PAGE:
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Tag Archives: biology

I have just finished Jerry Coyne’s book on the fact of evolution entitled Why Evolution Is True. I say fact, of course, since there is no longer any discussion of whether evolution happened in biology. Not because evolution is dogmatically unquestionable, as evolution deniers will say, but because such a discussion is utterly pointless. 

He begins the book by describing what evolution is (itself often misunderstood) and a bit about systematics. It’s a good basic description of how phylogenetic trees are built from a comparative morphology point of view. He moves on to some interesting examples of visible evolution in the fossil record, discussing the near-continuous changes in radiolarians and foraminiferans, some of the recent fossil evidences for various transitions such as the aquatic-terrestrial tetrapod transition, dinosaur to bird, and (with good reason, as Jerry demonstrates, the darling of modern paleontology) land-sea mammalian transition.

Jerry continues with some of the earliest evidences of evolution that was discussed in The Origin, such as vestigial organs and atavisms, as well as something somewhat more modern – evidence from pseudogenes. Embryology is also strong in this chapter and he clearly describes what “phylogeny begets ontogeny” means, with examples. This easily leads into, of course, how bad design occurs. I’ve always enjoyed examples of clearly inept design, and here Jerry gives some of the more famous ones like the tortuous path of the aortic arches in humans and how such a ridiculous ‘design’ arose from contingency dictated by our evolutionary past. 

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The web blogsite MySpace does not have a Science section. I find that rather insulting, being a scientist. The world makes use of the benefits of Science to such an extent that the MySpace gods are completely oblivious to their dependence on it. In a sense, this jaded attitude is in part responsible for the rise of pseudoscience and spirituality. In my book, a spiritual person is a flake. Where does Deepak Chopra get off telling us that scientists have hijacked the term ‘quantum mechanics’ as if it were spiritual gurus and not physicists that were its developers? He’s got it backwards! It is HE that has hijacked it and made it out to be something which it is most definitely not. Quantum healing my ass! What a rube. Anyway, this article is cut and pasted from the Australian Skeptics website and is an excellent discussion on Shannon information and the increase in information in the genome. Why don’t creationists get it? This is so much more fascinating than the banal god-dunn-it!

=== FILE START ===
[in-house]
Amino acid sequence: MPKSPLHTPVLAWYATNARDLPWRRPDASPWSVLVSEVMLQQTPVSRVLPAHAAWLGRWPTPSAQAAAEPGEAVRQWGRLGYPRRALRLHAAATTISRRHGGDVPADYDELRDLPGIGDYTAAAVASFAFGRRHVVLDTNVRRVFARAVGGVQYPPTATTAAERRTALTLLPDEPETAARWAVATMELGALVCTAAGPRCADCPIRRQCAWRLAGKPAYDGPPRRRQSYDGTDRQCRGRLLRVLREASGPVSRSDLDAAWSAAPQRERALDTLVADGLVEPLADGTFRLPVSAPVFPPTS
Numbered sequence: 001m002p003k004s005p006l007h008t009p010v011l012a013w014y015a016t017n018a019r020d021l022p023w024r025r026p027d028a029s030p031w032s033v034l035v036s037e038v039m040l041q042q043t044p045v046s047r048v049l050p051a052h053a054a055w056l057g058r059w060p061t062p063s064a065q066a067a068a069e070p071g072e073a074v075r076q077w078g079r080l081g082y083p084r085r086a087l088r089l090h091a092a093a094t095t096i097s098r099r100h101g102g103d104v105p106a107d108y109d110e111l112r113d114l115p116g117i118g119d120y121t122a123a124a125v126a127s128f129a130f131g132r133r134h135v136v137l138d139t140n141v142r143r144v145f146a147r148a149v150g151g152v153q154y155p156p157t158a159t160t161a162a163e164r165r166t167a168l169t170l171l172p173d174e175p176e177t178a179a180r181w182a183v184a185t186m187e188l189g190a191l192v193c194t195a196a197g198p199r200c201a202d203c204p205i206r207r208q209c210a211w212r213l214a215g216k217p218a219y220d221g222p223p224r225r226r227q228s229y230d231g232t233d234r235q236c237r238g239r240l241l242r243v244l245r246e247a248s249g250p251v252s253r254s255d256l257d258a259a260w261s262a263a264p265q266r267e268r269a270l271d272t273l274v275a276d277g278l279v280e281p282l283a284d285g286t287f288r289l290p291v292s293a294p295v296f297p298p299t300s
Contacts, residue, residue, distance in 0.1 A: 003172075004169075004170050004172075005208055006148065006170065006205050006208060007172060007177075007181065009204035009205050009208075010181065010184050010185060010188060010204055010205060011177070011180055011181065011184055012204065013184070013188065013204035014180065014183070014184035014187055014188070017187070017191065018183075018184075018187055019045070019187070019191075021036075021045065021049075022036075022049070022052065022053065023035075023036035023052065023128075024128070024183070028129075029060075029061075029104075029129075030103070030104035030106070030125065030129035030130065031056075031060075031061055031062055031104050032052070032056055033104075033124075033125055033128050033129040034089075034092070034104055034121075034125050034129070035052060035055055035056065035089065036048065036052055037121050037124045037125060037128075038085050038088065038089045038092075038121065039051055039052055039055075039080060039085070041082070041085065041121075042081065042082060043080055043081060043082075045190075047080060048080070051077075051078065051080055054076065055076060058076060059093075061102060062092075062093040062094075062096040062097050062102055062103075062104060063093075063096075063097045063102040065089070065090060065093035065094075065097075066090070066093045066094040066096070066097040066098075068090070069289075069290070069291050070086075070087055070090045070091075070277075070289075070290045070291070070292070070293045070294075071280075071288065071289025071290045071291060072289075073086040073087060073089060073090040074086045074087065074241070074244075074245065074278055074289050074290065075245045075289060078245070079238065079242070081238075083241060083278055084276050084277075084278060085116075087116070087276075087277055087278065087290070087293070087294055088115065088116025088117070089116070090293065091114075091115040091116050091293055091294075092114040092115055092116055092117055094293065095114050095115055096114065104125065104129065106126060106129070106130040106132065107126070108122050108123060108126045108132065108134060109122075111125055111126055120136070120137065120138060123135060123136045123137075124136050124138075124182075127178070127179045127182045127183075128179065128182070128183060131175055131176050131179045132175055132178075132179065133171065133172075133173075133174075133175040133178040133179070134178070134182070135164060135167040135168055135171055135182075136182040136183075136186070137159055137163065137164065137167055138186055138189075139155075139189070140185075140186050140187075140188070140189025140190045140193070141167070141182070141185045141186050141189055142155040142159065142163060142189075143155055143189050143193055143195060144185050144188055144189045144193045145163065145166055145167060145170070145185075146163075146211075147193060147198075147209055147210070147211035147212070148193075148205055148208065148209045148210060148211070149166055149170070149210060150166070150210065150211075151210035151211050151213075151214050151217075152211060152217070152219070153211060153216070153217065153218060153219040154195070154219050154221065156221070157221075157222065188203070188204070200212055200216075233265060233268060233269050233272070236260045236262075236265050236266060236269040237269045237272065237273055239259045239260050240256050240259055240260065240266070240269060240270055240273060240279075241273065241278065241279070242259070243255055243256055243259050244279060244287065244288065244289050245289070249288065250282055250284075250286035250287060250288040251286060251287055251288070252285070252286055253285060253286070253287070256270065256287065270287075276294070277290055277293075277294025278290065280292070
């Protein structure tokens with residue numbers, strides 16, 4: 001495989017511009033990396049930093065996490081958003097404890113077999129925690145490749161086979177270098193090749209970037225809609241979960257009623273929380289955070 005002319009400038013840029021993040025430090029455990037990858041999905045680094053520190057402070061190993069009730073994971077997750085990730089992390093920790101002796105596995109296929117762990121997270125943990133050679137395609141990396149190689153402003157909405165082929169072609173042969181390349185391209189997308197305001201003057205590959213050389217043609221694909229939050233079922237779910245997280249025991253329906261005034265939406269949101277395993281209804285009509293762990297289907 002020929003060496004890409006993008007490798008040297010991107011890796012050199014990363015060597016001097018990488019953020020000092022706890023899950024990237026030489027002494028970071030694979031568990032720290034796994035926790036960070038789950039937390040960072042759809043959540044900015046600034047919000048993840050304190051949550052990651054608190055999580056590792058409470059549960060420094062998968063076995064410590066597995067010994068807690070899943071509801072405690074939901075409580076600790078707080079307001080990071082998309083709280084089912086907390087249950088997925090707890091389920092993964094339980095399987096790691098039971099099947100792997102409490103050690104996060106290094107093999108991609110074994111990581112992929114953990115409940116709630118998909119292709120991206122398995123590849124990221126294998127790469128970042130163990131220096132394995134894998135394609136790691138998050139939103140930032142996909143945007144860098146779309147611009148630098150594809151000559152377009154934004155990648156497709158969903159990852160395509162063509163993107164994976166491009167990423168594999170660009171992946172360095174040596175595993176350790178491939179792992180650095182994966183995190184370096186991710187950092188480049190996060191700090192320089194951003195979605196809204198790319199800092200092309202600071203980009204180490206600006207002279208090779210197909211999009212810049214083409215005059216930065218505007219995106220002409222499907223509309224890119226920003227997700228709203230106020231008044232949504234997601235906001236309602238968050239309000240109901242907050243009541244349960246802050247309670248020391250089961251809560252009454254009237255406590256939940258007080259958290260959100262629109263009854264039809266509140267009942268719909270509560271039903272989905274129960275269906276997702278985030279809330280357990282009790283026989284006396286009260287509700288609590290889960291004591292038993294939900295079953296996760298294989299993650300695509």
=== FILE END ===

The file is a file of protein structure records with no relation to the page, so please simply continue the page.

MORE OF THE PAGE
Speaking of them, why are they so dishonest when going out to interview scientists? PZ Myers ran into the same problem when Ben Stein filmed that train wreck. I’ll lay money down that Richard is totally up front with his motives. Creationist propagandists, on the other hand, always seem to use underhanded tactics.


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There are many out there that refuse to accept that the same science which is used to convict criminals can also be used to demonstrate conclusively that humans evolved from common ancestors with chimpanzees, which evolved from common ancestors with great apes, etc. Very strange, since lay people are so trusting of the former. I’m going to write here about a story about one gene, out of the many thousands of similar stories in our genome, the NANOG gene. For those that are interested in molecular studies of evolution, with particular reference to human evolution, I strongly recommend Daniel Fairbanks Relics of Eden. This is a great primer for how molecular biology is applied to the problem of evolution. The following information is contained within Chapter 5 and Appendix 1 of Relics of Eden.

What is NANOG?

NANOG is a homeobox gene which encodes a transcription factor critical in development. In other words, it is a regulatory gene. The products of this gene allow cultured stem cells to divide indefinitely without differentiation (to become specialized cell types). It becomes activated shortly after conception.

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The origin of life problem is perhaps the most important question to ever have been the focus of scientific scrutiny. The only other question that I think rates of similar importance is the origin of the universe. Both questions have special obstacles to overcome before any answers are within sight.

The Miller-Urey experiment of the 50s was a lightningrod for research into this question, but the euphoria caused by the viewpoint that the answers were near quickly receded once the scope of the problem was realized and it was decades before the excitement was rekindled in the scientific world. It’s no surprise that the search is a difficult one. Remember, researchers are trying to compress the millions of years that undoubtedly were required for nature to give life a kick start into the lifespan of humans. Couple this with only a limited knowledge of what the conditions were at the time life started except in the grossest terms with the possibility that trace elements may be essential for the synthesis of life greatly compounds the issue. Anyone thinking that if life arose through naturalistic processes means it should be both easy, and that a mere 50 years of research should have resulted in the creation of protolife really doesn’t have a good grasp of the scope of the problem.

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